applying recklessness standard to Department of Youth caseworker's failure to inform plaintiff of falsified evidence leading to her delinquency adjudicationSummary of this case from Fagan v. City of Vineland
Nos. 88-1578, 88-1579.
Heard December 8, 1988.
Decided February 14, 1989. As Amended February 24, 1989. Rehearing Denied March 20, 1989.
Steven B. Rosenthal, with whom Bornstein Rosenthal, Boston, Mass., was on brief, for plaintiff, appellee.
Michelle A. Kaczynski, Asst. Atty. Gen., Civ. Bureau, Torts Div., with whom James M. Shannon, Atty. Gen., Boston, Mass., was on brief for defendants, appellants.
Appeal from the United States District Court for the District of Massachusetts.
Before CAMPBELL, Chief Judge, BOWNES and TORRUELLA, Circuit Judges.
It can be a deprivation "of life, liberty, or property, without due process of law," in violation of the Fourteenth Amendment, for state officials to deny a person "access to the courts." Bounds v. Smith, 430 U.S. 817, 97 S.Ct. 1491, 52 L.Ed.2d 72 (1977). At issue in this appeal is whether state caseworkers unconstitutionally denied court access to a juvenile offender committed to their care. The district court so held, imposing liability upon the caseworkers under 42 U.S.C. § 1983 (1982). The Supreme Court has ruled, however, that merely negligent actions or omissions by state officials do not "deprive" a person of life, liberty, or property within the meaning of the Fourteenth Amendment, and thus are not actionable under section 1983. Daniels v. Williams, 474 U.S. 327, 106 S.Ct. 662, 88 L.Ed.2d 662 (1986); Davidson v. Cannon, 474 U.S. 344, 106 S.Ct. 668, 88 L.Ed.2d 677 (1986). Because the conduct here in question may have been negligent rather than intentional or reckless, we vacate and remand for further proceedings.
Evidence below indicated that employees of the Massachusetts Department of Youth Services ("DYS") were told by plaintiff's parents that the parents had fabricated the assault and battery charge which had caused their teenage daughter to be placed in DYS custody. The parents' statement thus raised the likelihood that the girl had been adjudicated a delinquent on the basis of trumped up testimony. Nonetheless, the DYS employees did not convey what they had learned either to the girl herself or to the state court which had adjudged her a delinquent child. As a result, the girl may have remained in DYS custody — or in particular custodial facilities — for a longer period than she would have, had the parents' statement been promptly relayed to her or to the court.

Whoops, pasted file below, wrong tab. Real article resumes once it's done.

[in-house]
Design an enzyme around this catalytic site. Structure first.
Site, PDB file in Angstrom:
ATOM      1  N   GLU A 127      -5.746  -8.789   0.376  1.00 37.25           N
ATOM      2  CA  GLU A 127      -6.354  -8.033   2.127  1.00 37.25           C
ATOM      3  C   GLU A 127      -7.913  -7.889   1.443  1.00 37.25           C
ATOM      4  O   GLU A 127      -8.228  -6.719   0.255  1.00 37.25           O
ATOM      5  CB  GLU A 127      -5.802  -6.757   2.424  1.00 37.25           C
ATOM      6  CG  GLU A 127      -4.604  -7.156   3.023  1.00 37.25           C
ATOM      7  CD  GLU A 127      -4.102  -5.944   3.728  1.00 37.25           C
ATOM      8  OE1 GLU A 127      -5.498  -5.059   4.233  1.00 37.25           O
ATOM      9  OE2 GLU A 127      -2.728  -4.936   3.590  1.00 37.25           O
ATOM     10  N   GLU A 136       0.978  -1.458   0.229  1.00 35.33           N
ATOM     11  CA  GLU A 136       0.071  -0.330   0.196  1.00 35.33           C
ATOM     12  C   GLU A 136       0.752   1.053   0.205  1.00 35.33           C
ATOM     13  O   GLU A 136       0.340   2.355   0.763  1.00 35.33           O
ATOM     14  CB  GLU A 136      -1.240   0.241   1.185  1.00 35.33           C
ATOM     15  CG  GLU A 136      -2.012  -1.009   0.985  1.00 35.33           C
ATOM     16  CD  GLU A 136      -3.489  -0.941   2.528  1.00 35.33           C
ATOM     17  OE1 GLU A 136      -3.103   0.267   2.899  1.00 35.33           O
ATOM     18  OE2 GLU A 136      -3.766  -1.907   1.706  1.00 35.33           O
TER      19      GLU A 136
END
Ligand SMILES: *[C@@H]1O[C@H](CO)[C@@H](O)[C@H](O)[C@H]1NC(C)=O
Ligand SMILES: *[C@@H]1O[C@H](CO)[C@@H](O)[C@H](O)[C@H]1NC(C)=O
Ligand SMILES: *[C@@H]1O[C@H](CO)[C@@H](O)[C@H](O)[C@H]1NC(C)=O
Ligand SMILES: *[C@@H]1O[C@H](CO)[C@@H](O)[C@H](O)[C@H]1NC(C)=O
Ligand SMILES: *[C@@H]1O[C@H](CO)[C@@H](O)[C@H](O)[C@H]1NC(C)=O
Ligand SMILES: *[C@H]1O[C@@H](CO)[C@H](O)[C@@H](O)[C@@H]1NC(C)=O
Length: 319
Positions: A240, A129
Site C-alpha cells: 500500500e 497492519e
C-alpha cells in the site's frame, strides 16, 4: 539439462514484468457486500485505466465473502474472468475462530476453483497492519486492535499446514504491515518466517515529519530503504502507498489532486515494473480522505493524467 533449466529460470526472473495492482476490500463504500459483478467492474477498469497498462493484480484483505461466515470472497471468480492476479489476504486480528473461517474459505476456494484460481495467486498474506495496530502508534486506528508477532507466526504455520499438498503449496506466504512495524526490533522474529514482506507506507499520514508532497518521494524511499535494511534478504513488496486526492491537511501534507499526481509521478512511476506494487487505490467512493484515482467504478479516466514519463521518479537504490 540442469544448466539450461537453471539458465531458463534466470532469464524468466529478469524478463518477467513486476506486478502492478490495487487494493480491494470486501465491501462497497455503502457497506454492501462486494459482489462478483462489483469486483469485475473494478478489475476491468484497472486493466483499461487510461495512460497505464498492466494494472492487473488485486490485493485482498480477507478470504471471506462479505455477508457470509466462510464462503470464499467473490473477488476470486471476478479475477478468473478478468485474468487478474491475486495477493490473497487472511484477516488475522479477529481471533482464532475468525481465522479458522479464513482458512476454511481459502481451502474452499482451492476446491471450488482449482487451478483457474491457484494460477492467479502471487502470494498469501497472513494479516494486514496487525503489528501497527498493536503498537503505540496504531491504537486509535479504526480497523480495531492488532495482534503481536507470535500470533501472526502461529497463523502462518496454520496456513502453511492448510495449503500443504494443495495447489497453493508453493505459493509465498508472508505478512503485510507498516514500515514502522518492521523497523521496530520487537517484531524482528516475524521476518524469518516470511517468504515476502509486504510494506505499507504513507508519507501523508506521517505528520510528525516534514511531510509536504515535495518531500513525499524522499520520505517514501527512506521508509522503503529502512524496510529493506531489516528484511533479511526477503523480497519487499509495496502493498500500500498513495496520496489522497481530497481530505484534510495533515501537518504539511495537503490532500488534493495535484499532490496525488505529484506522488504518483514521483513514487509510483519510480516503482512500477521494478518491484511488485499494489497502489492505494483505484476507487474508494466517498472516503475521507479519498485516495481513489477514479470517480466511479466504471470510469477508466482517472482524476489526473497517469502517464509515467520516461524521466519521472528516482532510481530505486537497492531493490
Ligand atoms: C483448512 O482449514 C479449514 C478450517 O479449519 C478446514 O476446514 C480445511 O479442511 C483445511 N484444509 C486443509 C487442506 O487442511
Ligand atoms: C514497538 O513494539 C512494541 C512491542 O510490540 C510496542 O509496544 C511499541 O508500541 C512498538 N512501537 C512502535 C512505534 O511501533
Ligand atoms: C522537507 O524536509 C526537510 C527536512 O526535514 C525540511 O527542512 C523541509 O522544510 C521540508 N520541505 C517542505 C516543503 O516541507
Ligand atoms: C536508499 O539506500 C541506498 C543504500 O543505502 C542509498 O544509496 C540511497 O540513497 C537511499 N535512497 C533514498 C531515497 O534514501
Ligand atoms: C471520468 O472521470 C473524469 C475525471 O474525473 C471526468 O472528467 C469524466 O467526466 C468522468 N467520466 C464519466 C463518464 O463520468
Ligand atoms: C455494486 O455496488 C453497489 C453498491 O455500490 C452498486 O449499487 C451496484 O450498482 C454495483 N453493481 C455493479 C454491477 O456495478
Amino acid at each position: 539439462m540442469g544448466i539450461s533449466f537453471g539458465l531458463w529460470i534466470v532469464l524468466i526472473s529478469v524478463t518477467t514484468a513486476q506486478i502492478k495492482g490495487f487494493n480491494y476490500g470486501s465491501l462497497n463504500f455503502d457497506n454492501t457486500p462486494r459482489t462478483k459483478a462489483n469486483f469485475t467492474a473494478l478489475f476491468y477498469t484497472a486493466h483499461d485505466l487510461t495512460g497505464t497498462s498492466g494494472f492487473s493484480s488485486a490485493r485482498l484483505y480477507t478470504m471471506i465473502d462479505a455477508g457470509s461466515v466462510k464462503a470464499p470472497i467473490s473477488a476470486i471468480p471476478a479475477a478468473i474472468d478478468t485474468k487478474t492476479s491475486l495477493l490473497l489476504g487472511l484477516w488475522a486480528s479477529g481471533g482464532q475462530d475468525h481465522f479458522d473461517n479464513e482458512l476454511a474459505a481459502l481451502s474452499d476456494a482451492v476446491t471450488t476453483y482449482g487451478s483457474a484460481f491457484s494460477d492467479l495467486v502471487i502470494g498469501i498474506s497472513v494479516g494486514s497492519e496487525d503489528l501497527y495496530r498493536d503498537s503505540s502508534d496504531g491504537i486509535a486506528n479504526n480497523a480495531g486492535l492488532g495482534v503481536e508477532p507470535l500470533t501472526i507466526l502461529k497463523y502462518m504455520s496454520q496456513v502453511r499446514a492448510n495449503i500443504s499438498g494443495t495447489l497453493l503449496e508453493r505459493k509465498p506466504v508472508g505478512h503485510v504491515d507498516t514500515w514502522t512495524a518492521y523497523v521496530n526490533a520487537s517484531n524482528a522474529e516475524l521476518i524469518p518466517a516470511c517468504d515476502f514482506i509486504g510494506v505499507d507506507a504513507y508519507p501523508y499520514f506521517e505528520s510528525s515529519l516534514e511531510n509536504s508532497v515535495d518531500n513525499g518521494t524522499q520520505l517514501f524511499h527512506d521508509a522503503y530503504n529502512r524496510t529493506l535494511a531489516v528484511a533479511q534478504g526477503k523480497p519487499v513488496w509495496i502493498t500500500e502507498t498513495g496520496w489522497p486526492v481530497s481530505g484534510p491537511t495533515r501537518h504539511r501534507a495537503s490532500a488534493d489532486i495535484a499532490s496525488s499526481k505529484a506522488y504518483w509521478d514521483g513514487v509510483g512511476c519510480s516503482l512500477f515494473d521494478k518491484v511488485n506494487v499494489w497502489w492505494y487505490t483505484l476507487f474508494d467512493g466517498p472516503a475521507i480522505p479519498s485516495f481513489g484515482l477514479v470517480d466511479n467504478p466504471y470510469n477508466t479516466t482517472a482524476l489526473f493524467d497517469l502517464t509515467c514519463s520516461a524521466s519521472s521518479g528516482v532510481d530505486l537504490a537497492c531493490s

The court below awarded partial summary judgment in favor of the girl on the issue of the employees' liability, ruling that the DYS employees' conduct had, as a matter of law, interfered with the girl's constitutional right of access to the courts. A jury then found that the employees' conduct had harmed the girl and awarded her $40,000 in compensatory damages against them. In reviewing these proceedings, we must confront an issue not addressed by the district court: whether the DYS employees' conduct was "merely negligent" — rather than "intentional" or "reckless" — in which case it could not have caused an unconstitutional deprivation of liberty. We conclude that defendants' conduct, while most certainly regrettable, could not be found, as a matter of law on summary judgment, to be intentional or reckless, rather than merely negligent. Thus, the court erred in ruling, as it did, that the employees were summarily liable for an unconstitutional deprivation of plaintiff's rights. We therefore reverse the summary judgment for plaintiff and remand for further consideration of defendants' liability.
Defendants did not emphasize this argument in their brief to us, and it is not clear whether they raised the argument before the district court. But because it involves so basic an issue of constitutional law — involving the imposition of section 1983 liability on state employees for arguably negligent conduct — we hold that it belongs to the very small category of important issues that should be reviewed on appeal notwithstanding the failure of the parties to raise it properly below. See United States v. Krynicki, 689 F.2d 289, 291 (1st Cir. 1982) (noting that in exceptional cases an appellate court will review questions of law neither pressed nor decided below) (citing United States v. Miller, 636 F.2d 850, 853 (1st Cir. 1980)).